A couple of recent studies, widely reported by the media, highlight some additional benefits of simply going for a walk outdoors in nature as well a possible explanation as to why. In these studies, participants who went for a walk in a quiet, tree-lined area experienced greater improvement in mood—they felt happier—than those who walked along a busy street in an urban area. The researchers also completed brain scans to determine that the difference in mood was related to changes in blood flow in the brain. The finding that being active in a natural environment caused physiological changes that led to psychological benefits is exciting!

Another advantage of exercising outdoors is that you might get a better workout. This is mostly due to the fact that you will likely walk or run faster outdoors, but other factors like wind resistance add to your effort. Research shows that even though people tend to exercise at a higher intensity outside, they don’t necessarily feel it. In fact, ratings of effort are lower outdoors for the same exercise.

This because the pleasant visual stimuli outdoors distracts you from unpleasant sensations of effort during exercise. This is the same reason that listening to music makes exercise more enjoyable and why fitness centers have televisions on the walls or built into exercise equipment. Think of the outdoors as a really big TV screen!

Almost any indoor exercise can be moved outdoors. While walking, running, and cycling are most obvious, resistance training exercises using body weight and many high-intensity interval training workouts can be modified for outdoors. Yoga and aerobics classes in the park are also great ways to promote both the physical and psychological benefits of exercise.

Much of the psychological benefit of outdoor exercise occurs in the first five minutes, so even short bouts of activity are meaningful. It also means that going for a short walk outside when you have a break at work or walking instead of driving short distances can have positive effects. At home, taking the dog for a walk, playing outside with the kids, or doing yard work are good ways to be active and reap the benefits of being outdoors.

Every little bit of activity you do outdoors will have both physical and psychological benefits to help you become and feel healthier. So, get outside and go for a walk!

 

 

 

 

Affordable care acts

The Affordable Care Act is in the news again, this time because the U.S. Supreme Court recently ruled on the legality of subsidies offered to help people afford health insurance. Health care has long been an important and contentious topic in both political and social circles. Given the importance that accessing quality health care has for everyone, it is unfortunate that promoting good health has turned into a political debate.

In addition to expanding access to health care, the Affordable Care Act should also make it easier for people to get preventive care. This is important since preventable chronic diseases including diabetes and heart disease, are among the leading causes of disability and death as well as contributing to high health care costs. It turns out that adopting some simple lifestyle modifications can go a long way toward making you and your family healthier, as well as saving money.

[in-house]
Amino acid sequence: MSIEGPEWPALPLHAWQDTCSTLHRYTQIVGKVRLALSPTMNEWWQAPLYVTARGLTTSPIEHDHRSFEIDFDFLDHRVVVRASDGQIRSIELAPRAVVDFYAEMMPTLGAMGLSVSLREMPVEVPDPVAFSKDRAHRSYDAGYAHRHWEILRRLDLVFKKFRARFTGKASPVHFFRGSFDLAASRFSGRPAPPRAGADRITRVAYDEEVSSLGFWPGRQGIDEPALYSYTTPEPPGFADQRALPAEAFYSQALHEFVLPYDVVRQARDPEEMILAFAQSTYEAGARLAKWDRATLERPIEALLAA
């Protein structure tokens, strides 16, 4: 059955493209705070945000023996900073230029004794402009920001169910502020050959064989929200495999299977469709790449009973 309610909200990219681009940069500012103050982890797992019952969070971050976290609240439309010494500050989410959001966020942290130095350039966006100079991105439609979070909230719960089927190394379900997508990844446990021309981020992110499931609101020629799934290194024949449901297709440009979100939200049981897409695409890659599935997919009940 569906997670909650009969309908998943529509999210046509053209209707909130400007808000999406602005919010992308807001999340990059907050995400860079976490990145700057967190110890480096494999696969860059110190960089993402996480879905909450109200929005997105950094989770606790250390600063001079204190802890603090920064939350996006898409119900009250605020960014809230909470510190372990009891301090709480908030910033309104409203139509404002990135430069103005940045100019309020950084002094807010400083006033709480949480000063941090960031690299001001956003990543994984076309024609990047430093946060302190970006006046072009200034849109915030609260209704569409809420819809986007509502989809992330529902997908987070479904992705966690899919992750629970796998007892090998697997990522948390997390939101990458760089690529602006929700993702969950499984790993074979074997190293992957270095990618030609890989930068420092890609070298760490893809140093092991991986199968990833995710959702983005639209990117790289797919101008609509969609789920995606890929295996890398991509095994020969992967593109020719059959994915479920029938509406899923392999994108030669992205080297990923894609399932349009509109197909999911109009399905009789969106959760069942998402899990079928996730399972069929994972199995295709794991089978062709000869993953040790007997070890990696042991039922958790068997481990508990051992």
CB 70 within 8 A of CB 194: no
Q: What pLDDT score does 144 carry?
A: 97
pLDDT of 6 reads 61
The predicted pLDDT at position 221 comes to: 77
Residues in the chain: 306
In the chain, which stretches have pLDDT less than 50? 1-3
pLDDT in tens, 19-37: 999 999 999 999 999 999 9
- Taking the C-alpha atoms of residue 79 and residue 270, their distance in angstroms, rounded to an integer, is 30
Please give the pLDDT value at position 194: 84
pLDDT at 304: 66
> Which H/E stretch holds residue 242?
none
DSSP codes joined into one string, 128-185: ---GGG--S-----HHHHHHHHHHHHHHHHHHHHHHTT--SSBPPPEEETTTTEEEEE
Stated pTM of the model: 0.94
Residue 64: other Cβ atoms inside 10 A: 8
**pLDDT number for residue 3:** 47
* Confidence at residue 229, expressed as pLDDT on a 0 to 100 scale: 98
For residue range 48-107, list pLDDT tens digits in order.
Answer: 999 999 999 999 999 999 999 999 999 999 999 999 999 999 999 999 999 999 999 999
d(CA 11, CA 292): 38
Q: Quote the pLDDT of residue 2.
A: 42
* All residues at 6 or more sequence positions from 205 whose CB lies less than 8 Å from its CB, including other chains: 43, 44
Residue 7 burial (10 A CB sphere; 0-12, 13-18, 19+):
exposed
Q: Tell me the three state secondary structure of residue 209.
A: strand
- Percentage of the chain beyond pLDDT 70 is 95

This is the topic of my Health & Fitness column in the Aiken Standard this week.

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Here are a few affordable care acts you can implement today:

1. Move more

Significant health benefits, including weight loss and improved fitness, can be achieved with as little as 30 minutes of activity per day, but more is better. The activity doesn’t have to be “exercise.” It can include walking the dog, yard work, or house work. Research shows that sitting too much is just as unhealthy as not exercising. Spending less time sitting at work, home, or in the car is another easy way to improve health. And getting up and moving for even a few minutes is better than staying seated for long periods of time. Every little bit of activity really does count.

2. Eat smart

Making dietary changes can be difficult, but a few simple changes can lead to big benefits. Eating more real food including fruits, vegetables, whole grains, and lean meats and less added sugar is a good place to start. Fresh fruits, vegetables, and whole grain bread, pasta, and cereals are rich in vitamins, minerals, and fiber and most are low in calories. Eating less added sugar in sweets and processed foods can help you cut down on calories and lead you toward healthier food choices. Controlling portion sizes plays as big of a role in weight gain and loss as the types of food you eat, so pay attention to how much you eat, especially when you eat out. Chances are, it is more than you think!

3. Chill out.

Reducing and managing stress is essential for good health. Uncontrolled stress can lead to high blood pressure, poor immune function, and weight gain. Daily exercise will help, as will using stress management techniques like progressive relaxation. When you can, avoiding stressful situations is wise. Taking time to do something you enjoy each day is a good idea, too. Getting enough sleep (most adults require 7–9 hours) is also important for good physical and mental health.

4. Don’t smoke